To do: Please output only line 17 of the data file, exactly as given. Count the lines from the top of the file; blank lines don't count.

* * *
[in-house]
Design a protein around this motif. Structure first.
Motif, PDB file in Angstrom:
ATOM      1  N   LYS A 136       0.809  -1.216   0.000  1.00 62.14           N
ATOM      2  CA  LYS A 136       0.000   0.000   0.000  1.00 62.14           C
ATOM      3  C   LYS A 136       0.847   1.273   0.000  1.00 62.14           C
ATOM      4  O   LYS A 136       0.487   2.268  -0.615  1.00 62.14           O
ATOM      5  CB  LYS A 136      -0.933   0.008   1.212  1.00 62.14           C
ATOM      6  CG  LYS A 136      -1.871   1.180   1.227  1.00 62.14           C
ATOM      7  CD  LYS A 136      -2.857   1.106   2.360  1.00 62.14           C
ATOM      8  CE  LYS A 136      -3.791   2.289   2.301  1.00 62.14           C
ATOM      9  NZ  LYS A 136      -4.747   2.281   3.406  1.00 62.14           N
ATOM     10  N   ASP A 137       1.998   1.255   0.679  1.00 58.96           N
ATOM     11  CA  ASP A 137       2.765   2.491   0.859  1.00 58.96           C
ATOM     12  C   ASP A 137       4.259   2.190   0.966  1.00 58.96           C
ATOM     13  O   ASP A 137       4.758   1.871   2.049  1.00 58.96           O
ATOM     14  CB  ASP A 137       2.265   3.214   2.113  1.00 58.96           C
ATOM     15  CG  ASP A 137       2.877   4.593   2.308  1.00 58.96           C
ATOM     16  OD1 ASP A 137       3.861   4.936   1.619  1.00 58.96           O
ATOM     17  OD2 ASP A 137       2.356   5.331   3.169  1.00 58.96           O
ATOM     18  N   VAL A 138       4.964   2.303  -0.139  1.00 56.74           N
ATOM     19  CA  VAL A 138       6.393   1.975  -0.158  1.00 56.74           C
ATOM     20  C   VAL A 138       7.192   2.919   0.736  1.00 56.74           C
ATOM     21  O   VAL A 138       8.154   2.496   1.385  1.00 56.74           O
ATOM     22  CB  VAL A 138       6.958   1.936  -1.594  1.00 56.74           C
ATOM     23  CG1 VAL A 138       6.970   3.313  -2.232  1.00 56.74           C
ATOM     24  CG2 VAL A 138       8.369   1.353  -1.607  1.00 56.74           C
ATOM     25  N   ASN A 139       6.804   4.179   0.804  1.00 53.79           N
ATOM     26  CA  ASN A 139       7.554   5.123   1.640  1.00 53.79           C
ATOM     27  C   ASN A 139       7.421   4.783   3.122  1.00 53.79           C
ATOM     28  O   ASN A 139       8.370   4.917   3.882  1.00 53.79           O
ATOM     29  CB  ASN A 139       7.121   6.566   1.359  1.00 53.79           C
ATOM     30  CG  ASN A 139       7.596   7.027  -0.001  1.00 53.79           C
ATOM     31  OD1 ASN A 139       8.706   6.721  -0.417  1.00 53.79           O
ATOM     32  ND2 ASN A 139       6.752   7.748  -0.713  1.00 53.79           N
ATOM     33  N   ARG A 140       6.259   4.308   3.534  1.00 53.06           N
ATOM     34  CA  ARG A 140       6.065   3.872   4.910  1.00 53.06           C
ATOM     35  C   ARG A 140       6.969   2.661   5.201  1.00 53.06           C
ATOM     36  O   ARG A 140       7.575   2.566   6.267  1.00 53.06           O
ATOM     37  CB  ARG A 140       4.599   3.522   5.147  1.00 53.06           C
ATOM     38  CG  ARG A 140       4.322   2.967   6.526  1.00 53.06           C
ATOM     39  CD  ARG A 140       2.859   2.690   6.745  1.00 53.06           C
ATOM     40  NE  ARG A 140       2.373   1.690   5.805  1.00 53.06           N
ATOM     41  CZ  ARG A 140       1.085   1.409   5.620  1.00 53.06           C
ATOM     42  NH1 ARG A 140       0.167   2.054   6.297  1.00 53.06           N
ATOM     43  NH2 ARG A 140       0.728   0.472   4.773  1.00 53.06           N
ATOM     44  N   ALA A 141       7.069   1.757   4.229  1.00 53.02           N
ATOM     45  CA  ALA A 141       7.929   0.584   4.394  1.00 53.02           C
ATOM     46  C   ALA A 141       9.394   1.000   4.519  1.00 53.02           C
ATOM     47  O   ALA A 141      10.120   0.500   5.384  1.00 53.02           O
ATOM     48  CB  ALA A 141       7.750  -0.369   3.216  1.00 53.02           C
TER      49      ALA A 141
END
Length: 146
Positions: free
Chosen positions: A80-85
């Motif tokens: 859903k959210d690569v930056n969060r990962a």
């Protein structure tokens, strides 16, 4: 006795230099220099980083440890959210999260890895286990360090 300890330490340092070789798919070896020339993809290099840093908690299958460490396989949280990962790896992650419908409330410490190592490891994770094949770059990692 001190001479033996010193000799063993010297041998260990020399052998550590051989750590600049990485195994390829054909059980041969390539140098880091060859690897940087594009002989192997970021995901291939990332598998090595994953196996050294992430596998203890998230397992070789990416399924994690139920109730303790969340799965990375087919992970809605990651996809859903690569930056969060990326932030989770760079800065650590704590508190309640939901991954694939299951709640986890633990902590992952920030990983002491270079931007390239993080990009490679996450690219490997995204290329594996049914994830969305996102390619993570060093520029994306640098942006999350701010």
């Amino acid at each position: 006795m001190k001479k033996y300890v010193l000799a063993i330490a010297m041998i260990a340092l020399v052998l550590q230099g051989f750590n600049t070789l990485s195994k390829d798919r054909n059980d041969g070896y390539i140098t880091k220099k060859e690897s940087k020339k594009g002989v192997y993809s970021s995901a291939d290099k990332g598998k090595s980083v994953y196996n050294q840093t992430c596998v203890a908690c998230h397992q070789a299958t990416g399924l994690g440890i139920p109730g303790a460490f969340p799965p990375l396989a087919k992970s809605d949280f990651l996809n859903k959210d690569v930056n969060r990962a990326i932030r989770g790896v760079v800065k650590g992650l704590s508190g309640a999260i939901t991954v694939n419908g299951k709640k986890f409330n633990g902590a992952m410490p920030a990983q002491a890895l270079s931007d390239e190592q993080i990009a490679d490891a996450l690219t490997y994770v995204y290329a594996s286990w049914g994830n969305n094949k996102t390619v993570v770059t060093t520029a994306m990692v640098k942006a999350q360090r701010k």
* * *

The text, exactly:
ATOM     14  CB  ASP A 137       2.265   3.214   2.113  1.00 58.96           C